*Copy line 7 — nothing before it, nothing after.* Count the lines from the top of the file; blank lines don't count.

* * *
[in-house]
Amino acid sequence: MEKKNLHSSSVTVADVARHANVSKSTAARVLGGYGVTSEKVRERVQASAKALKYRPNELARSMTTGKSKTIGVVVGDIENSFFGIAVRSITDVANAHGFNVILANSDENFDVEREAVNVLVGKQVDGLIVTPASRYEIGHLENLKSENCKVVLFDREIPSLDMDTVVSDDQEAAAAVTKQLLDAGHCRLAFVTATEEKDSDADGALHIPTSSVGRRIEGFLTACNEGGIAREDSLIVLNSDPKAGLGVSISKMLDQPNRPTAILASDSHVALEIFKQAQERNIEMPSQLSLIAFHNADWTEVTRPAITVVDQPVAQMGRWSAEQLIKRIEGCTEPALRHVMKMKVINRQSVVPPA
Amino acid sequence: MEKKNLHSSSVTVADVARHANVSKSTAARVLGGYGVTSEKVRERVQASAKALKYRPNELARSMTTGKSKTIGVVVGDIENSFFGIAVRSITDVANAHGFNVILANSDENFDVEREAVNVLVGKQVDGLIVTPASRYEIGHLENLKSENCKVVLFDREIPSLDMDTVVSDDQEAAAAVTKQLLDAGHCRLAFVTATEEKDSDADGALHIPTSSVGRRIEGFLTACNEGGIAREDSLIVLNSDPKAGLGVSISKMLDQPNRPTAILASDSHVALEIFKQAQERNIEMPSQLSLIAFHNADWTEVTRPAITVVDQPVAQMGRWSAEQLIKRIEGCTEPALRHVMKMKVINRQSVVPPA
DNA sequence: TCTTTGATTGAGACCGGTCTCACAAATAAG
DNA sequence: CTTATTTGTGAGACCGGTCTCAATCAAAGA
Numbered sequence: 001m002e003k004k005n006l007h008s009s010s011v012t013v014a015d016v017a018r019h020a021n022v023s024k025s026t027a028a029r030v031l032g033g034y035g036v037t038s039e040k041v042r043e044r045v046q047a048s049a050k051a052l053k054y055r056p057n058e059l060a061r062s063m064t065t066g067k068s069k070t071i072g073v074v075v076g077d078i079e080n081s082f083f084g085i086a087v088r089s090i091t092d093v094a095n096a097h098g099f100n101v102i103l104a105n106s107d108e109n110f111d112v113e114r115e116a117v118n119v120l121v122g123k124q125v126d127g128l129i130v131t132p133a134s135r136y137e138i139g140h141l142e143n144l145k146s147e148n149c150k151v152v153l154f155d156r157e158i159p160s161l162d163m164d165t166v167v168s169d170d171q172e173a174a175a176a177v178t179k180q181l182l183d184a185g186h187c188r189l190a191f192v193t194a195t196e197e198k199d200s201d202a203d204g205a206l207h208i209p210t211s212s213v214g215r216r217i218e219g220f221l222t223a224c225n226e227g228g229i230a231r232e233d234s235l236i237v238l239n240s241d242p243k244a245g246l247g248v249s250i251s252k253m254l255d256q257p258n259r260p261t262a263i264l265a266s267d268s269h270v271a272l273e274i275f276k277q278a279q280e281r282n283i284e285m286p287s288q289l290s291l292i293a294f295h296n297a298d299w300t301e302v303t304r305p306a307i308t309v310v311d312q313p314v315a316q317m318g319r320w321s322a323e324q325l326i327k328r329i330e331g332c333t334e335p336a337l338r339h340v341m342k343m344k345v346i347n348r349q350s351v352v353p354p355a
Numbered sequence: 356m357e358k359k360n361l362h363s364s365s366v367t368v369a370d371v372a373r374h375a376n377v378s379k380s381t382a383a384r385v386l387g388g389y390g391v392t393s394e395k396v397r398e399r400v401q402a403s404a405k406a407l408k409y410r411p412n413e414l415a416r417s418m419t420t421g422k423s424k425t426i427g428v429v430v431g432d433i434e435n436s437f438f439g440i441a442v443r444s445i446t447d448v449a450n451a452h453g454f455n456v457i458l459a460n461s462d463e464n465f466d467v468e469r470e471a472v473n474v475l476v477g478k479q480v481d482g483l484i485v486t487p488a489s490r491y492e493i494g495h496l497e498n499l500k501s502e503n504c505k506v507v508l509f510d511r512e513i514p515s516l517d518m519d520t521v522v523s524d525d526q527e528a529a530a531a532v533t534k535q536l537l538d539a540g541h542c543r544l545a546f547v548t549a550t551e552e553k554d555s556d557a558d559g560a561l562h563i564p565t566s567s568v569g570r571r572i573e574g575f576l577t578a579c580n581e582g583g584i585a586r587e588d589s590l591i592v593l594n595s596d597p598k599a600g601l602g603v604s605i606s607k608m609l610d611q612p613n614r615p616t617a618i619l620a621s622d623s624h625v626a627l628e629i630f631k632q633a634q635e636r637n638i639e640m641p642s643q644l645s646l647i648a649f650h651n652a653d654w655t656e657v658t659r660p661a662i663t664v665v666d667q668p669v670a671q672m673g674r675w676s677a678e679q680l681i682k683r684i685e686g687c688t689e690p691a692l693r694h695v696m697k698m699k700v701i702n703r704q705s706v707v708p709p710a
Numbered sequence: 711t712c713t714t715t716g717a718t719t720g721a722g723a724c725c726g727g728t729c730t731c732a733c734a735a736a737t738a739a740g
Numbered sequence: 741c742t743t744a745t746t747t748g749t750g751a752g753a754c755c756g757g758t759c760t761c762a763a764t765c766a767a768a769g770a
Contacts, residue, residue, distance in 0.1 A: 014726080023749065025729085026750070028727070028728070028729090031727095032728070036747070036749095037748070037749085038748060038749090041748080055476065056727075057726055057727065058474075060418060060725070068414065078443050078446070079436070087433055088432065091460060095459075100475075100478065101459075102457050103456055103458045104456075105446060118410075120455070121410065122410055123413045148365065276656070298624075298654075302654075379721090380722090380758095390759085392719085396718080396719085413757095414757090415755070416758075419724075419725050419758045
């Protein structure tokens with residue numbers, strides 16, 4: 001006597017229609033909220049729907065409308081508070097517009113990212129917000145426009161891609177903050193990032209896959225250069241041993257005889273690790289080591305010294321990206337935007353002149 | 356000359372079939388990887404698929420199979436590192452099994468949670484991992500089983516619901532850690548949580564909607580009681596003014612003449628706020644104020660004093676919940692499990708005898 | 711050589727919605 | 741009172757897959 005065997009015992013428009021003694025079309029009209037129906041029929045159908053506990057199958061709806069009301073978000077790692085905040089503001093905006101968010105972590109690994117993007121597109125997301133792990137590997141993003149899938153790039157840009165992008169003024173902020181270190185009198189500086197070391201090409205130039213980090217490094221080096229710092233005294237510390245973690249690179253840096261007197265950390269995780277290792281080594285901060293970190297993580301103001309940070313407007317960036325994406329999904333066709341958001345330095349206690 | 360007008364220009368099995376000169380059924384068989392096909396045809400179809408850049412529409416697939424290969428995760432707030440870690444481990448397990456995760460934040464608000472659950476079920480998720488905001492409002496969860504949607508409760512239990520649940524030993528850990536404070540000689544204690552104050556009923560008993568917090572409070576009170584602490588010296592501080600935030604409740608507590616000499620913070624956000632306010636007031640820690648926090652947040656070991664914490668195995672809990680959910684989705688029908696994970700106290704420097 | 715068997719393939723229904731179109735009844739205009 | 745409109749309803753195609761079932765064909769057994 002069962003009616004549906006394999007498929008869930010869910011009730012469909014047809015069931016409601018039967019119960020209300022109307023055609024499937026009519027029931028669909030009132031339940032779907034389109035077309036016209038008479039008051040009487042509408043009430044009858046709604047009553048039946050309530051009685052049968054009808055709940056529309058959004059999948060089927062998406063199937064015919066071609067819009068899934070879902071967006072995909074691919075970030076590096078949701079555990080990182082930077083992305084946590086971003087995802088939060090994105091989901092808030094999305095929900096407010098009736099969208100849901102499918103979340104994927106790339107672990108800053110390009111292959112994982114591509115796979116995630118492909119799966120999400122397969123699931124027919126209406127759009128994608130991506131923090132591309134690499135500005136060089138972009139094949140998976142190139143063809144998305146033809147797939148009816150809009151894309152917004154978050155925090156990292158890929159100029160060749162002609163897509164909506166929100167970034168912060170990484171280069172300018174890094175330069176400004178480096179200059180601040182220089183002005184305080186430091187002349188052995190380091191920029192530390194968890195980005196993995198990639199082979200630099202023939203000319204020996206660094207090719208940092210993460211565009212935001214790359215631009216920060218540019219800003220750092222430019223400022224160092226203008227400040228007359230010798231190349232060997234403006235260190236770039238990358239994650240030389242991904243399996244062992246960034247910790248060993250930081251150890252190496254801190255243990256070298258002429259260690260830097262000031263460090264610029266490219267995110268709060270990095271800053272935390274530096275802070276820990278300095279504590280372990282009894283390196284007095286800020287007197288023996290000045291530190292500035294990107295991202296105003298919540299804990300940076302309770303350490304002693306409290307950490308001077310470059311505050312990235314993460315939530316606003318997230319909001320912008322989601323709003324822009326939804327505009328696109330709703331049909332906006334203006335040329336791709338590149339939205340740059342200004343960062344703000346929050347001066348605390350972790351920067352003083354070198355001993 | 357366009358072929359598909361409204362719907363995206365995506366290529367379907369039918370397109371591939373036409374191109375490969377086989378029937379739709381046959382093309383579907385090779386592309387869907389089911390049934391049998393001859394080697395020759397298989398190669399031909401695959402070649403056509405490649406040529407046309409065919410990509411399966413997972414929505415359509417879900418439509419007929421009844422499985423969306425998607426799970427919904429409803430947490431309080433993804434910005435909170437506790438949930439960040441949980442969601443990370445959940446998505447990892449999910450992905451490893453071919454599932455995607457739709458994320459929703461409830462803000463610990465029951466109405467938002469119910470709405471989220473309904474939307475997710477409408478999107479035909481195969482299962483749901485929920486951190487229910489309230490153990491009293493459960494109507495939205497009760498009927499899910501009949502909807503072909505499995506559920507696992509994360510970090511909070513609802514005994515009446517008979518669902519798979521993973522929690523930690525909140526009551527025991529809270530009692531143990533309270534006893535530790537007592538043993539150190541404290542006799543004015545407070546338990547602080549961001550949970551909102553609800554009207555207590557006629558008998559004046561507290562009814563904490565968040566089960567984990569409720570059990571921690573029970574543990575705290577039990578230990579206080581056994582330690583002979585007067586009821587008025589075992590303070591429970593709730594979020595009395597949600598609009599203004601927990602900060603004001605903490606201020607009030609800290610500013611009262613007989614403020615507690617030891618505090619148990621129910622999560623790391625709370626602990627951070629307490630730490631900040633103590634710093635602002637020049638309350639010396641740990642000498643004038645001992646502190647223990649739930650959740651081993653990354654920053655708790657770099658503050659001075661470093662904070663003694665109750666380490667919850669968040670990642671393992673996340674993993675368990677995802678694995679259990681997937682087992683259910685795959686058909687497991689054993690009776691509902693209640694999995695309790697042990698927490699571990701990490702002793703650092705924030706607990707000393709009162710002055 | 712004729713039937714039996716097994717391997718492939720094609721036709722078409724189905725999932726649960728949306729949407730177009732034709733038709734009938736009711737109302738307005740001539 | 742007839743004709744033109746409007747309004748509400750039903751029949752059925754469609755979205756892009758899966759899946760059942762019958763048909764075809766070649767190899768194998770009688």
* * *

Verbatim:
Numbered sequence: 356m357e358k359k360n361l362h363s364s365s366v367t368v369a370d371v372a373r374h375a376n377v378s379k380s381t382a383a384r385v386l387g388g389y390g391v392t393s394e395k396v397r398e399r400v401q402a403s404a405k406a407l408k409y410r411p412n413e414l415a416r417s418m419t420t421g422k423s424k425t426i427g428v429v430v431g432d433i434e435n436s437f438f439g440i441a442v443r444s445i446t447d448v449a450n451a452h453g454f455n456v457i458l459a460n461s462d463e464n465f466d467v468e469r470e471a472v473n474v475l476v477g478k479q480v481d482g483l484i485v486t487p488a489s490r491y492e493i494g495h496l497e498n499l500k501s502e503n504c505k506v507v508l509f510d511r512e513i514p515s516l517d518m519d520t521v522v523s524d525d526q527e528a529a530a531a532v533t534k535q536l537l538d539a540g541h542c543r544l545a546f547v548t549a550t551e552e553k554d555s556d557a558d559g560a561l562h563i564p565t566s567s568v569g570r571r572i573e574g575f576l577t578a579c580n581e582g583g584i585a586r587e588d589s590l591i592v593l594n595s596d597p598k599a600g601l602g603v604s605i606s607k608m609l610d611q612p613n614r615p616t617a618i619l620a621s622d623s624h625v626a627l628e629i630f631k632q633a634q635e636r637n638i639e640m641p642s643q644l645s646l647i648a649f650h651n652a653d654w655t656e657v658t659r660p661a662i663t664v665v666d667q668p669v670a671q672m673g674r675w676s677a678e679q680l681i682k683r684i685e686g687c688t689e690p691a692l693r694h695v696m697k698m699k700v701i702n703r704q705s706v707v708p709p710a